Research group Knolle

Prof. Dr. Percy A. Knolle

Tel  +49 89 4140 - 6920
Fax +49 89 4140 - 6922

E-mail: percy.knolle(at)

Research Focus

  • liver immunology
  • LSEC immunobiology
  • antigen cross-presentation
  • anti-viral immunity

The research group of Prof. Knolle focuses on understanding the local regulation of immune responses in the liver and improving adaptive T cell immunity to overcome chronic infections. Cell populations within the hepatic sinusoids are engaging circulating as well as liver-resident immune cell populations. Liver sinusoidal cells are active in regulating adaptive immunity locally in the liver.

(picture taken from Thomson & Knolle, Nature Reviews Immunology 2010)

Although innate immunity is well preserved in the liver, the persistence of microbial infections together the extraordinary acceptance of liver transplants by the recipient´s immune system indicate that immune regulation in the liver follows particular rules. Local regulatory cues delivered by organ-resident non-immune cells as well as bone marrow derived immune cells contribute to generate a micro-environment that favours induction of immune tolerance rather than immunity.

(picture taken from Protzer, Maini & Knolle, Nature Reviews Immunology 2012)

Liver Sinusoidal Endothelial Cells (LSECs) constitute a unique population of liver-resident cells that are most efficient in scavenging of circulating antigens and cross-presentation of these antigens on MHC I molecules to CD8 T cells. Since LSEC cross-present antigens during non-inflammatory conditions to naïve CD8 T cells but fails to elicit clonal deletion, the outcome of such T cell priming outside lymphoid tissues in the liver has remained unclear. We have discovered that T cells primed by LSEC locally under non-inflammatory conditions in the liver, i.e. liver-primed T cells, fulfill memory like function. Liver-primed T cells persist similar to central memory T cells in secondary lymphoid tissues and generate recall responses giving rise to new effector T cells.  Such liver-primed T cells also provide protection against infecting viruses and bacteria thus providing the first evidence that T cells primed under non-inflammatory conditions have protective function. Furthermore, these results demonstrate that liver-primed T cells complement conventional memory T cells that are generated under inflammatory conditions. Thus, liver-primed T cells may also help to circumvent immune escape by pathogens that fail to elicit or actively escape innate immunity and induction of inflammation.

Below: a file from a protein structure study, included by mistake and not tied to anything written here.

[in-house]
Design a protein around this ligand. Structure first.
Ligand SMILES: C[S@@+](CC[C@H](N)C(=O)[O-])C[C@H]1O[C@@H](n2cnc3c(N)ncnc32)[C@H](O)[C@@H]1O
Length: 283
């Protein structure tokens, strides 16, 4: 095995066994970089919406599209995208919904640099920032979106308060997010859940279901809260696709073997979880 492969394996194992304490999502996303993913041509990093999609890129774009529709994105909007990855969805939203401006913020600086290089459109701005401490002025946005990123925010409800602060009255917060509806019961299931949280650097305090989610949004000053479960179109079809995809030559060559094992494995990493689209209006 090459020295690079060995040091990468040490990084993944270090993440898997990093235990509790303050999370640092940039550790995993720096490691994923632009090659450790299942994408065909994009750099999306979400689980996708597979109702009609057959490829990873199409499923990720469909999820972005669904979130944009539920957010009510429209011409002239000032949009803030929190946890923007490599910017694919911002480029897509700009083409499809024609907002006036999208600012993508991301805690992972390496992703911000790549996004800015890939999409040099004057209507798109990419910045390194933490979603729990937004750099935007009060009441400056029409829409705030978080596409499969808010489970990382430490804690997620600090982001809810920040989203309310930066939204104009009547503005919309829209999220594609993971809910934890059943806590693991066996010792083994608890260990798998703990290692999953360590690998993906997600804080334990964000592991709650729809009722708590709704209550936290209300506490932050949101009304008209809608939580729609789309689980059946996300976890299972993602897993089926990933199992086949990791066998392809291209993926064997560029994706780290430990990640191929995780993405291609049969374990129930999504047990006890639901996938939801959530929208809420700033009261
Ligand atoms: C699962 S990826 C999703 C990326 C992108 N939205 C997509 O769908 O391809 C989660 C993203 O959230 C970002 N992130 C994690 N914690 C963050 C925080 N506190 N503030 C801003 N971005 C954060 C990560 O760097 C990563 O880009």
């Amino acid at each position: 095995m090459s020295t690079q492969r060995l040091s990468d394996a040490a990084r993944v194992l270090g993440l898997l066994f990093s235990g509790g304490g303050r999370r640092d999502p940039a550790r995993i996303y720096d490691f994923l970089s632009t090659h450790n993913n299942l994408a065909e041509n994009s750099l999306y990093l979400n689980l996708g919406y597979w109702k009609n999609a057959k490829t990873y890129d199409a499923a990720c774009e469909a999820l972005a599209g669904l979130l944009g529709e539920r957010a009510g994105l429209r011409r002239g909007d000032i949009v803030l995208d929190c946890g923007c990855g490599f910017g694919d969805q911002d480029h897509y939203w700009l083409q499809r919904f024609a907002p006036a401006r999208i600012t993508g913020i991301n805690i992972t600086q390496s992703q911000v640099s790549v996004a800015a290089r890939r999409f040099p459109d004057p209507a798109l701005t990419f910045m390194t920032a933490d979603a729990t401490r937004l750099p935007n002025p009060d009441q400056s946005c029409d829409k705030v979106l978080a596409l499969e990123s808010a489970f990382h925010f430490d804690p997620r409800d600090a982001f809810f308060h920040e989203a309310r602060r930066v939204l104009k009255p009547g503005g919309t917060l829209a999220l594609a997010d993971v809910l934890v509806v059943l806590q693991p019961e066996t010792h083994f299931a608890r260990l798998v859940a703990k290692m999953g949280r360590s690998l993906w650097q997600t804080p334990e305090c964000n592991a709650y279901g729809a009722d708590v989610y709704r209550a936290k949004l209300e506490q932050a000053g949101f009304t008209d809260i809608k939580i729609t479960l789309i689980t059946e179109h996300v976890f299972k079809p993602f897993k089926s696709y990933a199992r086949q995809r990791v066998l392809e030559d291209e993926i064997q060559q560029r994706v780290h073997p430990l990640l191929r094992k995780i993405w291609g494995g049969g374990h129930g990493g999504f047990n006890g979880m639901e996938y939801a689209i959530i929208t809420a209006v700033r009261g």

Further research into the different T cell populations in the liver are ongoing.

Wohlleber et al., Cell Reports 2012

Cross-presentation of soluble antigens by LSEC also entails those antigens that are released from hepatocytes. We have discovered a novel cytotoxic T cell (CTL) effector function that is operative in the liver and eliminates virus-infected hepatocytes. Key to this non-canonical CTL effector function is the CTL activation by LSEC cross-presenting virus-derived antigens from infected hepatocytes. In the absence of direct MHC I-restricted antigen recognition by virus-specific CTLs the infected hepatocytes are killed through TNF released from CTLs activated by cross-presenting LSECs. TNF selectively kills infected hepatocytes because of a so far undefined change in the signaling characteristics downstream of the TNF-R that results in pro-apoptotic signaling eventually leading to caspase-induced hepatocyte death.

Huang et al., Nature Immunology 2013

The hepatic microenvironment is limiting local T cell proliferation by depleting essential amino acids, release of inhibitory molecules and delivery of death-inducing signals. Together, these regulatory cues provide a strong limitation to local proliferation of T cells in the liver, which renders immunotherapy in the liver particularly difficult. We have discovered that prolonged inflammatory signaling creates a so far unrecognized anatomic compartment within liver tissue that is formed by myeloid cells. These intrahepatic myeloid cell aggregates support local T cell expansion (iMATE) presumably by generating a cocoon-like structure that prevents hepatic regulatory cues to affect T cell proliferation within iMATEs. iMATEs induce a dramatic expansion of T cells in the liver and thereby generate sufficient numbers of T cells that can overcome even chronic viral infection. Thus, iMATEs constitute a novel strategy for achieving therapeutic vaccination against chronic viral infection of the liver.